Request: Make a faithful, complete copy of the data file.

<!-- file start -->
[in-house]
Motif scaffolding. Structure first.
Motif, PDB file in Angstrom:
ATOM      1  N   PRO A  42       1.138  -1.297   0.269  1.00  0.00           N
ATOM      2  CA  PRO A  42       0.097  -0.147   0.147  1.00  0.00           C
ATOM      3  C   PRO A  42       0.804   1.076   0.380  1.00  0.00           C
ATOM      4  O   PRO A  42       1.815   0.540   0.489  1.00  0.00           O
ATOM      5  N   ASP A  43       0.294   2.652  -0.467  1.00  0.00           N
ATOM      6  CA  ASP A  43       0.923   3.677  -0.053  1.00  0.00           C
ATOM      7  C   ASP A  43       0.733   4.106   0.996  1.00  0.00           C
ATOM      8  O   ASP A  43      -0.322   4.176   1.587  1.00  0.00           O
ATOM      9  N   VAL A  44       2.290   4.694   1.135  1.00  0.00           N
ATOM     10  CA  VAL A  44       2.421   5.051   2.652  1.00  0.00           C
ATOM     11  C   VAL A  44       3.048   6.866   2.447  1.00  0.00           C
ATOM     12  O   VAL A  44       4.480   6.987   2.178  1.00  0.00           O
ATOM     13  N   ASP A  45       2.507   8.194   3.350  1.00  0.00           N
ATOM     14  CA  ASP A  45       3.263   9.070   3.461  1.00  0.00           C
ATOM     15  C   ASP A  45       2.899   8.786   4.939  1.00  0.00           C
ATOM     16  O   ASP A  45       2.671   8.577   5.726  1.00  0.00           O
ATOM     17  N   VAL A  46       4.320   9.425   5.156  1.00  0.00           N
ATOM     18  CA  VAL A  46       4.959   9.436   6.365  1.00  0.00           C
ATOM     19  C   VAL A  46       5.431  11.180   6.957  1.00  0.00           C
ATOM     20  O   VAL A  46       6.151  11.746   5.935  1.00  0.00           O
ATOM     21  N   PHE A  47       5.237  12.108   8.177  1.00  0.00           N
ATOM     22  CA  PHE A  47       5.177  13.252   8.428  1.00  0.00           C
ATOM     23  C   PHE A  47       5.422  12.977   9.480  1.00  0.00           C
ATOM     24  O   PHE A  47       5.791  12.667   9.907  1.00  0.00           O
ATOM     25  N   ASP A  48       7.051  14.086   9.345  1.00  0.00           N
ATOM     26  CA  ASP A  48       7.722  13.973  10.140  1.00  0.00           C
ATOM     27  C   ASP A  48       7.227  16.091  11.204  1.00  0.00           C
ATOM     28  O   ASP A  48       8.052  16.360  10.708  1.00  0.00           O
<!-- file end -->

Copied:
[in-house]
Motif scaffolding. Structure first.
Motif, PDB file in Angstrom:
ATOM      1  N   PRO A  42       1.138  -1.297   0.269  1.00  0.00           N
ATOM      2  CA  PRO A  42       0.097  -0.147   0.147  1.00  0.00           C
ATOM      3  C   PRO A  42       0.804   1.076   0.380  1.00  0.00           C
ATOM      4  O   PRO A  42       1.815   0.540   0.489  1.00  0.00           O
ATOM      5  N   ASP A  43       0.294   2.652  -0.467  1.00  0.00           N
ATOM      6  CA  ASP A  43       0.923   3.677  -0.053  1.00  0.00           C
ATOM      7  C   ASP A  43       0.733   4.106   0.996  1.00  0.00           C
ATOM      8  O   ASP A  43      -0.322   4.176   1.587  1.00  0.00           O
ATOM      9  N   VAL A  44       2.290   4.694   1.135  1.00  0.00           N
ATOM     10  CA  VAL A  44       2.421   5.051   2.652  1.00  0.00           C
ATOM     11  C   VAL A  44       3.048   6.866   2.447  1.00  0.00           C
ATOM     12  O   VAL A  44       4.480   6.987   2.178  1.00  0.00           O
ATOM     13  N   ASP A  45       2.507   8.194   3.350  1.00  0.00           N
ATOM     14  CA  ASP A  45       3.263   9.070   3.461  1.00  0.00           C
ATOM     15  C   ASP A  45       2.899   8.786   4.939  1.00  0.00           C
ATOM     16  O   ASP A  45       2.671   8.577   5.726  1.00  0.00           O
ATOM     17  N   VAL A  46       4.320   9.425   5.156  1.00  0.00           N
ATOM     18  CA  VAL A  46       4.959   9.436   6.365  1.00  0.00           C
ATOM     19  C   VAL A  46       5.431  11.180   6.957  1.00  0.00           C
ATOM     20  O   VAL A  46       6.151  11.746   5.935  1.00  0.00           O
ATOM     21  N   PHE A  47       5.237  12.108   8.177  1.00  0.00           N
ATOM     22  CA  PHE A  47       5.177  13.252   8.428  1.00  0.00           C
ATOM     23  C   PHE A  47       5.422  12.977   9.480  1.00  0.00           C
ATOM     24  O   PHE A  47       5.791  12.667   9.907  1.00  0.00           O
ATOM     25  N   ASP A  48       7.051  14.086   9.345  1.00  0.00           N
ATOM     26  CA  ASP A  48       7.722  13.973  10.140  1.00  0.00           C
ATOM     27  C   ASP A  48       7.227  16.091  11.204  1.00  0.00           C
ATOM     28  O   ASP A  48       8.052  16.360  10.708  1.00  0.00           O